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Alan Hansell

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Alan Hansell is an IBRS advisor who focuses on IT and business management. Alan is able to critique and comment on IT and business management trends, ways to justify and maximise the benefits from IT-related investment, IS management development and the role of the CIO. Alan has extensive experience in IT management, consulting and advising senior managers in matters related to IT investment. He was a Director in Gartner's Executive program and adviser to over 50 CIOs and business managers and before joining Gartner a consultant with DMR Group. He also worked as an IS professional, manager and industry consultant for IBM for nearly 30 years. Alan is a CPA and Associate of Governance Institute of Australia.

Conclusion: The high-risk and high-reward Agile approach for systems development enabled many organisations to respond quickly to changing management strategies and yielded significant productivity benefits, according to a 2015 survey1.

However the same survey found not everyone has been so successful, as lack of experience in using the Agile approach, and organisation resistance to change, have frustrated almost the same number of organisations.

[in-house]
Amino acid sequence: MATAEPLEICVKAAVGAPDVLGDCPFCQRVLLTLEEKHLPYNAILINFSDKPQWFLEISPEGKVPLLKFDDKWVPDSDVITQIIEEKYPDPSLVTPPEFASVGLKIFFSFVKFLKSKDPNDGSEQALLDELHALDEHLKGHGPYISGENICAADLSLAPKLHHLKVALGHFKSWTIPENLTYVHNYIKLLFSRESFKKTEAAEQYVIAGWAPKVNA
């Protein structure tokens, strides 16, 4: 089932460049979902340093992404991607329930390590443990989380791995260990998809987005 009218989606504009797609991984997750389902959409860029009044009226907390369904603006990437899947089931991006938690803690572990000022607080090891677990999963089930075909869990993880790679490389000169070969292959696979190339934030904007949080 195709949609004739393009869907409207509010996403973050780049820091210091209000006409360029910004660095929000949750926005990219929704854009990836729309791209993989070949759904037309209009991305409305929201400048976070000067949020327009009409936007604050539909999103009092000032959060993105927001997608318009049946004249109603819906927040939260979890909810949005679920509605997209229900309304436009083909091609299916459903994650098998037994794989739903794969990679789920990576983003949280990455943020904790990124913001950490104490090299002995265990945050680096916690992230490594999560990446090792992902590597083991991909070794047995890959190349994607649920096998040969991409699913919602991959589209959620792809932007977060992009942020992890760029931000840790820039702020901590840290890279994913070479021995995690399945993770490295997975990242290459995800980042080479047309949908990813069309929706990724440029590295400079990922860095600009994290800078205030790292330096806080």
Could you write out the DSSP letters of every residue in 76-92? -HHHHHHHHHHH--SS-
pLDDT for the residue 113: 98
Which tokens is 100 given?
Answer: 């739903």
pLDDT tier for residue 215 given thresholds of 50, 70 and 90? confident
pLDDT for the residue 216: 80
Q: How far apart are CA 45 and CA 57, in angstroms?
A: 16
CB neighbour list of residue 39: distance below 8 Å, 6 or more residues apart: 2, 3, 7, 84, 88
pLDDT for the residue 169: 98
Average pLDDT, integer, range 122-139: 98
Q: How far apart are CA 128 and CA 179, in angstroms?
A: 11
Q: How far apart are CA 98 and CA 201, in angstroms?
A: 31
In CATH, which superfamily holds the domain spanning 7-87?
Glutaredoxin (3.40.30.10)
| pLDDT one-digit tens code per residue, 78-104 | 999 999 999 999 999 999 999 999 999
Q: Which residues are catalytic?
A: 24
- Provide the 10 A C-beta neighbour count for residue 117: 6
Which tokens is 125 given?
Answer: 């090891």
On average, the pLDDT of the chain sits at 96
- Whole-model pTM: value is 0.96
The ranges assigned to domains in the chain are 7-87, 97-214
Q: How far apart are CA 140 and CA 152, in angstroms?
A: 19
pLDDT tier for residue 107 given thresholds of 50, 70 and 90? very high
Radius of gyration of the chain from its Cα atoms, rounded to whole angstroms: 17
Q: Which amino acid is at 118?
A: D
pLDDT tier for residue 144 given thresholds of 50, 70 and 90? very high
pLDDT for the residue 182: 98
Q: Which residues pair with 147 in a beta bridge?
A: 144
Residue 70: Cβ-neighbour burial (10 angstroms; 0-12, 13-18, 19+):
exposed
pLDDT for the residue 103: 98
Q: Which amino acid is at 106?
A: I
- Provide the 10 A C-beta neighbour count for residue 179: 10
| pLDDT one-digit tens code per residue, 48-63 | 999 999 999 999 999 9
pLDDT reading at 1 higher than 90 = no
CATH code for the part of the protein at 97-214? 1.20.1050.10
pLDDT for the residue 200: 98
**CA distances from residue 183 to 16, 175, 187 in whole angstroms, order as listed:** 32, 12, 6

Once IT and business management have decided that Agile is the right approach they must:

  • Champion and defend its use
  • Actively track progress and allocate extra resources to the project if justified
  • Provide a safe environment in which a retrospective review can be conducted
  • Widely disseminate the lessons learned from the review, including strategies that succeeded and failed, without attributing blame

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Conclusion: Organisations that fail to develop the skills of their BAs, or give them intellectually challenging roles, are in danger of losing them and their corporate memory. BAs used wisely are often the glue holding complex projects together.

Use them to elicit and simplify business requirements, develop compelling business cases and redesign business processes and the investment will reap dividends. Allocating them mundane tasks and failing to involve them in critical decision making meetings will demotivate them and give them a reason to move on.


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Conclusion: CIOs continually wrestle with how to replace or modify failing core systems and having to convince management to invest in modernising them. They also know that ignoring a bad situation will probably cost the organisation more to fix the longer they postpone the replacement decision.


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When the leadership of IT and business management work well as a team there are few limits to what they can achieve in delivering services to clients. However for the teamwork to become a reality line management and IT professionals must put aside special interests and focus on implementing initiatives that deliver outcomes that meet the objectives of the organisation.

Agility is achieved when the team is able to quickly identify the source of a problem or business opportunity, corral their resources and expertise and respond with alacrity.